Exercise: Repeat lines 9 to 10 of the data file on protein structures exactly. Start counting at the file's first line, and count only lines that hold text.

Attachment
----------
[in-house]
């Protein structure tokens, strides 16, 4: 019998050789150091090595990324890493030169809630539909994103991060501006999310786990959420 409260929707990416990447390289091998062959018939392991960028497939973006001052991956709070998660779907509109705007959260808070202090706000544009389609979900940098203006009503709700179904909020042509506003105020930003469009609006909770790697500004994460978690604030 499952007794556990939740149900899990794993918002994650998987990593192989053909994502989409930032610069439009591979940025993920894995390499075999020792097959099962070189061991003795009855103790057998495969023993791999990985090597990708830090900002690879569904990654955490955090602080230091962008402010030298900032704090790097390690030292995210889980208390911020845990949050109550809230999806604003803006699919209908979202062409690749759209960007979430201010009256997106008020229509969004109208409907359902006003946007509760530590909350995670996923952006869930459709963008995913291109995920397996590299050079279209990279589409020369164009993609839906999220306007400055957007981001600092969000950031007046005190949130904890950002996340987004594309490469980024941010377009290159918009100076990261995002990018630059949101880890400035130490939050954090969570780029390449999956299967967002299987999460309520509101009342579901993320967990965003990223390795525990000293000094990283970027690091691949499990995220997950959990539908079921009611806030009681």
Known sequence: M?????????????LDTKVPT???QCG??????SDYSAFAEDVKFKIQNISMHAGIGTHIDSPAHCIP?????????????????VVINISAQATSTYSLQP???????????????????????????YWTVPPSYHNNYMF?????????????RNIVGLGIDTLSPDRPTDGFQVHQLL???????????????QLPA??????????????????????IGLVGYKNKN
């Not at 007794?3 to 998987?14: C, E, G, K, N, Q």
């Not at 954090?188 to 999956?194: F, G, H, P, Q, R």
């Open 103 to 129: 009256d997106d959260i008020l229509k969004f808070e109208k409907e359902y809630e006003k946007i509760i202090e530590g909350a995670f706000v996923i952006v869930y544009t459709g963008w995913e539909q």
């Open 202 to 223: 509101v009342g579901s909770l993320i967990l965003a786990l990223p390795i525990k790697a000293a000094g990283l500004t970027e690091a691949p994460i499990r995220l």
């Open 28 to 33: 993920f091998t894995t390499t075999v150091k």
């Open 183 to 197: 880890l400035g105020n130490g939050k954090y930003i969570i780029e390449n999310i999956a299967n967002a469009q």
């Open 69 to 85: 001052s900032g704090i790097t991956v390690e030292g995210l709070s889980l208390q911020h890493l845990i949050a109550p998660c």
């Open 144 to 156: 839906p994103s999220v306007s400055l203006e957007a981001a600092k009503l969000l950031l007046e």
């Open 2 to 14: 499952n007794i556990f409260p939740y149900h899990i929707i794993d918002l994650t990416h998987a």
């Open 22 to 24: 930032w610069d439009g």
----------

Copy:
């Open 183 to 197: 880890l400035g105020n130490g939050k954090y930003i969570i780029e390449n999310i999956a299967n967002a469009q």
């Open 69 to 85: 001052s900032g704090i790097t991956v390690e030292g995210l709070s889980l208390q911020h890493l845990i949050a109550p998660c």